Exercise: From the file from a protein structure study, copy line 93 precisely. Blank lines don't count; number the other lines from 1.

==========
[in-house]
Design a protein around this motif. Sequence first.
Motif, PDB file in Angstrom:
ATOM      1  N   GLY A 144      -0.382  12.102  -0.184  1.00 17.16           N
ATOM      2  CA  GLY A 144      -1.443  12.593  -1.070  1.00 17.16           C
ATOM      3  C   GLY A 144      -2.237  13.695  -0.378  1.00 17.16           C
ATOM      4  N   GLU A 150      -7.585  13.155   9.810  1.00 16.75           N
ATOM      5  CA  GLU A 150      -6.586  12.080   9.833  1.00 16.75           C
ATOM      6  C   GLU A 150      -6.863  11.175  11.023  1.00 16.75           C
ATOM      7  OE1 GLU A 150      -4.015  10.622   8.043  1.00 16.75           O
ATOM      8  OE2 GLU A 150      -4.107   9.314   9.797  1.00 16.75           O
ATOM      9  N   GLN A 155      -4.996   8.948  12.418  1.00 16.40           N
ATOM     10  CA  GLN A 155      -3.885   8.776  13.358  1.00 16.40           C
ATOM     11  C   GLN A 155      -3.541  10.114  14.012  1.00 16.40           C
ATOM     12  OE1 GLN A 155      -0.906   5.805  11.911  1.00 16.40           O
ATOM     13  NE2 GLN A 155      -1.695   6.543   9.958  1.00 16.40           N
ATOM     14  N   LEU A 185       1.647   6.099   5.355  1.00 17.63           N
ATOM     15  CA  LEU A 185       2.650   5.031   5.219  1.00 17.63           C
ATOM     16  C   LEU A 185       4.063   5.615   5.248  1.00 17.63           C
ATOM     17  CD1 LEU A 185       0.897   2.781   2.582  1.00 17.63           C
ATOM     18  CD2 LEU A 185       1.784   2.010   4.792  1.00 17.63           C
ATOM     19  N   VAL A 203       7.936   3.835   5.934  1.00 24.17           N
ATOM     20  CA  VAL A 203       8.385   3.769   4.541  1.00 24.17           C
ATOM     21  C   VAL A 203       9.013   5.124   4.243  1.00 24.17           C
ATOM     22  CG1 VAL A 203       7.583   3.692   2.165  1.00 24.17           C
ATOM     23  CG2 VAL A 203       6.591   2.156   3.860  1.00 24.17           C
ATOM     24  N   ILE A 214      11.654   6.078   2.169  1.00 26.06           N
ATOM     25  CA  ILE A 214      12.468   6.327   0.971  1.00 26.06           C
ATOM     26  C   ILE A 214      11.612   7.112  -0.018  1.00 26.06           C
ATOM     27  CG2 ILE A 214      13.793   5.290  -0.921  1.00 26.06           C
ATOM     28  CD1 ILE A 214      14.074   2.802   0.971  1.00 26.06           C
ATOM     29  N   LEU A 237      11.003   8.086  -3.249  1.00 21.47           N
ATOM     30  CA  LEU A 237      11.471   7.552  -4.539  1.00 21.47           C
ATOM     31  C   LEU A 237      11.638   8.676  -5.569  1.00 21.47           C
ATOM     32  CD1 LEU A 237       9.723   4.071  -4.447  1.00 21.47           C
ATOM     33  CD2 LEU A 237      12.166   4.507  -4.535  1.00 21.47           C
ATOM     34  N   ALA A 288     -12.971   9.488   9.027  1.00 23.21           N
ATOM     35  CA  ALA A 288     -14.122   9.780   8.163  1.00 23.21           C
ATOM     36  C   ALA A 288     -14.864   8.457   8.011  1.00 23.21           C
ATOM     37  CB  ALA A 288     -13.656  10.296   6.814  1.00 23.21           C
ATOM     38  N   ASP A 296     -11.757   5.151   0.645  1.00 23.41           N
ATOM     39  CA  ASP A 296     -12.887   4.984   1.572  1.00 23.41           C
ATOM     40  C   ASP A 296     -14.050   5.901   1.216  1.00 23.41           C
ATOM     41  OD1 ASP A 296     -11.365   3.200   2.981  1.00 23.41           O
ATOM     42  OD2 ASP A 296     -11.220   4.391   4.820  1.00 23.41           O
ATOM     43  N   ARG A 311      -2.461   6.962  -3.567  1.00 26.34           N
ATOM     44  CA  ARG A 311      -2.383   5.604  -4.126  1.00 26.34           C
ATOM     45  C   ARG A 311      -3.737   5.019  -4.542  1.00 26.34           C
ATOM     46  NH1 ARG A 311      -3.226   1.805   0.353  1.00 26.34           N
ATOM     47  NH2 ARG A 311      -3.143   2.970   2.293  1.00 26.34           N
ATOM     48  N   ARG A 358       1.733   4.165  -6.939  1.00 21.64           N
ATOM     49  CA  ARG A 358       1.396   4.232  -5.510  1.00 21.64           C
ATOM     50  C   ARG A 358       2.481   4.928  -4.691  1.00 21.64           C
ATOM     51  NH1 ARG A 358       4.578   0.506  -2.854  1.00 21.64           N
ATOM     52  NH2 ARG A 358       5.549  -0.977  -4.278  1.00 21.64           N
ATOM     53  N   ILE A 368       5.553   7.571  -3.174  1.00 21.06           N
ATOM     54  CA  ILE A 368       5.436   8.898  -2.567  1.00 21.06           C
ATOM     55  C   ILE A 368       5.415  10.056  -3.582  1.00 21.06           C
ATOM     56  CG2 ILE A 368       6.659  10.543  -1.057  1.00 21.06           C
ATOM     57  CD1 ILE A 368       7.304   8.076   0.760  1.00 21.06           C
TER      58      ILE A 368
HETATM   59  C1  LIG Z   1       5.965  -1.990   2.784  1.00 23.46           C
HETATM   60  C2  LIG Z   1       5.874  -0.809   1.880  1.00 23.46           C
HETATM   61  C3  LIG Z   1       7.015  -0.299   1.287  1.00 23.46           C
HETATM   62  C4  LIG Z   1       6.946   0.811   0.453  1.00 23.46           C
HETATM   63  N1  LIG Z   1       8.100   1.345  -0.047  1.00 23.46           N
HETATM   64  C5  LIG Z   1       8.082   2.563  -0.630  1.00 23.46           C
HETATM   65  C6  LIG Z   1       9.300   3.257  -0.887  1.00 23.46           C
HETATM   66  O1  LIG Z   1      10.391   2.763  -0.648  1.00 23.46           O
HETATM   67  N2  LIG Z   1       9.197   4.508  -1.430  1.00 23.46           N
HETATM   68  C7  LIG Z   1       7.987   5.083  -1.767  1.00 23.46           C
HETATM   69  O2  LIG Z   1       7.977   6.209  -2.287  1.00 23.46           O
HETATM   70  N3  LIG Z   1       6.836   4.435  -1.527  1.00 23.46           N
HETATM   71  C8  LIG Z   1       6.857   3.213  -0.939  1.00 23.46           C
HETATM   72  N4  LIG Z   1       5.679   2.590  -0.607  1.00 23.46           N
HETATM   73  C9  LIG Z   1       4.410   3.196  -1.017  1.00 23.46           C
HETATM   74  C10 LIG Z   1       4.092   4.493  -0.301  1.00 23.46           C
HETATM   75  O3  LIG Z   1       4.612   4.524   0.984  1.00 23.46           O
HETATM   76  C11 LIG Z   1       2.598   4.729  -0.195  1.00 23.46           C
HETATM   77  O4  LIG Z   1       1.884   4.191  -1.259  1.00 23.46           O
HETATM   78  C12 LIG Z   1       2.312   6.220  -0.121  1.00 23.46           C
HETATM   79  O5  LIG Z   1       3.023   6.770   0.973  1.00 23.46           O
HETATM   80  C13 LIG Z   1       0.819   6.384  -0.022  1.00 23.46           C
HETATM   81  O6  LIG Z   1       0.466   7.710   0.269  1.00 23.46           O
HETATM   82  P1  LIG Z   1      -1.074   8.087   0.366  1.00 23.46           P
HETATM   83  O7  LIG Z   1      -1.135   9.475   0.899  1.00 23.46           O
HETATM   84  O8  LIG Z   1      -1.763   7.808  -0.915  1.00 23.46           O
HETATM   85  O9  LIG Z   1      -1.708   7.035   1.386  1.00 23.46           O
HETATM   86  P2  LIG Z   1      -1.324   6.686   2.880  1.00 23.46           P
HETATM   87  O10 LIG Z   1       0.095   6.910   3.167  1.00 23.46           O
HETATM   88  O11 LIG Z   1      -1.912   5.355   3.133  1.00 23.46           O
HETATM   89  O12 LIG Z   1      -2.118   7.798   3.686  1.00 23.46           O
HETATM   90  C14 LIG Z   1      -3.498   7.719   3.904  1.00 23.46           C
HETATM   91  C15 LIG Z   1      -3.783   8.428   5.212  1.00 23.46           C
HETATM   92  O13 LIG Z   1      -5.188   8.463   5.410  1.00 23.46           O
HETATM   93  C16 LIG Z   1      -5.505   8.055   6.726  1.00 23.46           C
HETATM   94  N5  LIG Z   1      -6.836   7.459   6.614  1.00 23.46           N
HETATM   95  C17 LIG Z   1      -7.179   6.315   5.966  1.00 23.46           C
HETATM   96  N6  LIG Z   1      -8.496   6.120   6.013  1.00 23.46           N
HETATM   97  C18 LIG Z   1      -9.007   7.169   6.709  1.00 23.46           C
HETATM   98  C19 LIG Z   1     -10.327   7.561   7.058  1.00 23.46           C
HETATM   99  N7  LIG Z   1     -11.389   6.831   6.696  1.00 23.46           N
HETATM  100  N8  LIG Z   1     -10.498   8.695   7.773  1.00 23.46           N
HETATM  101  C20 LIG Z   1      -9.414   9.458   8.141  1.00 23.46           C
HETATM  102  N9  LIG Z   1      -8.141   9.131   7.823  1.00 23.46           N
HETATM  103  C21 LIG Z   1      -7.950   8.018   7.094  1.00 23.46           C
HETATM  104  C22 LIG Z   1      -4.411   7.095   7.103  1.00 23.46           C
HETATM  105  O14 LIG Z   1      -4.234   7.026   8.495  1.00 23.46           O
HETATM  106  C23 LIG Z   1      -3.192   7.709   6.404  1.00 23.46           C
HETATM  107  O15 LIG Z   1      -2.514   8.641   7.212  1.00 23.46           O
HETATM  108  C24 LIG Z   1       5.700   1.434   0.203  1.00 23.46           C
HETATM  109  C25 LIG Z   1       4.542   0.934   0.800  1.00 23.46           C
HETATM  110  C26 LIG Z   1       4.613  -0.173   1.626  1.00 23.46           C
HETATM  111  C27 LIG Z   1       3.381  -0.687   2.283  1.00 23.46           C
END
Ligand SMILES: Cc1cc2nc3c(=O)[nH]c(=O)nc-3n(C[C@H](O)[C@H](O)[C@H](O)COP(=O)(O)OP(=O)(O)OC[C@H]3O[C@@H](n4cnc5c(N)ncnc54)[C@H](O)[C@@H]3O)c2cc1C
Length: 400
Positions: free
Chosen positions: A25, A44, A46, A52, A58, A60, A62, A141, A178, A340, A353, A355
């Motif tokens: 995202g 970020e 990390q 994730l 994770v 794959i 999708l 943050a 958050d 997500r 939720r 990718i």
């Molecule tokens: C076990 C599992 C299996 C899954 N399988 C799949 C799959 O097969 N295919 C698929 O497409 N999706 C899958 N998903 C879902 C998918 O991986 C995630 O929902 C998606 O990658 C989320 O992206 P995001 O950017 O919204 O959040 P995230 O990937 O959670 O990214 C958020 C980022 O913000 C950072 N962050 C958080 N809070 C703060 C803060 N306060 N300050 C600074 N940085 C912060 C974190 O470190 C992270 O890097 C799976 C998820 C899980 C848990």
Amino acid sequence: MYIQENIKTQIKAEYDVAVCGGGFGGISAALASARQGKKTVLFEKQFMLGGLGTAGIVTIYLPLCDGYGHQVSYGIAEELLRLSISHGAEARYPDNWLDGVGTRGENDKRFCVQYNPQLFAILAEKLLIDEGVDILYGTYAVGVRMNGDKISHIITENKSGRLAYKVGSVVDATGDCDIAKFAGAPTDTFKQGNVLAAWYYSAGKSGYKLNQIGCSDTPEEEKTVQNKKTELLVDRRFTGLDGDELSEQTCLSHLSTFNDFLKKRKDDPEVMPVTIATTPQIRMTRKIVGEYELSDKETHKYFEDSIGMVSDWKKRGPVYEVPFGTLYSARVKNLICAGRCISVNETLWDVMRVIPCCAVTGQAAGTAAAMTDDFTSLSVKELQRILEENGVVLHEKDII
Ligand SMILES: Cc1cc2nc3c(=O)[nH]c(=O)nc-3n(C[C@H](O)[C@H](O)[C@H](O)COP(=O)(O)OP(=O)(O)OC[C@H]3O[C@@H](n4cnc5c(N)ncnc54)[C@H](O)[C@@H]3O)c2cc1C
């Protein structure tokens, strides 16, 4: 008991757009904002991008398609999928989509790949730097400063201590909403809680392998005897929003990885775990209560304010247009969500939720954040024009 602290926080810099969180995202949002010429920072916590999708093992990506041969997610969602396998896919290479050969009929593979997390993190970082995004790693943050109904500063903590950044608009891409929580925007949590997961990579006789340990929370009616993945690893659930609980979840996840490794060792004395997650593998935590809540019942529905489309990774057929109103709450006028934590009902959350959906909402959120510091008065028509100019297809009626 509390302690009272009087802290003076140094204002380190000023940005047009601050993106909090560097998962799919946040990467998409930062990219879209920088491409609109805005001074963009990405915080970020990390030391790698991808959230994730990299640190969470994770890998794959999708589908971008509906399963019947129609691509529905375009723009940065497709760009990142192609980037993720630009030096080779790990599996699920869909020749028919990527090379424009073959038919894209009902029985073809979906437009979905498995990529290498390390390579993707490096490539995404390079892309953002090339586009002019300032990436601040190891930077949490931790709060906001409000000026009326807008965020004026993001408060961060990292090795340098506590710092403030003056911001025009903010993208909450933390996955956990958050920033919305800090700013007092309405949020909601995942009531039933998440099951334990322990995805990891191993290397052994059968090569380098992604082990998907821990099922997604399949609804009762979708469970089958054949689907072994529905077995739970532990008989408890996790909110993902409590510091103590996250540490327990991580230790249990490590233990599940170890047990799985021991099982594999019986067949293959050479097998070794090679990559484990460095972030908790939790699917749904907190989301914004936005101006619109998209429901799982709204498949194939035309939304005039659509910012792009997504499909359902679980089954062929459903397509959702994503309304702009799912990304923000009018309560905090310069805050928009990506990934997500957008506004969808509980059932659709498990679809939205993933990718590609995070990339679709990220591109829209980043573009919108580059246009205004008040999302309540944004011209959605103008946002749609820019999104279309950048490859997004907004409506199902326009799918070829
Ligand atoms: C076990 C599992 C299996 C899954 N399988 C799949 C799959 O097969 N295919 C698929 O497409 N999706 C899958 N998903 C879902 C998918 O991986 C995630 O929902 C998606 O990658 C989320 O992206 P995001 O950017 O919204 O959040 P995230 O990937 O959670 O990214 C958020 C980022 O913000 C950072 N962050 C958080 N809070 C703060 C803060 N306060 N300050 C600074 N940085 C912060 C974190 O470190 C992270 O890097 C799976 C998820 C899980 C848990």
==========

HETATM   90  C14 LIG Z   1      -3.498   7.719   3.904  1.00 23.46           C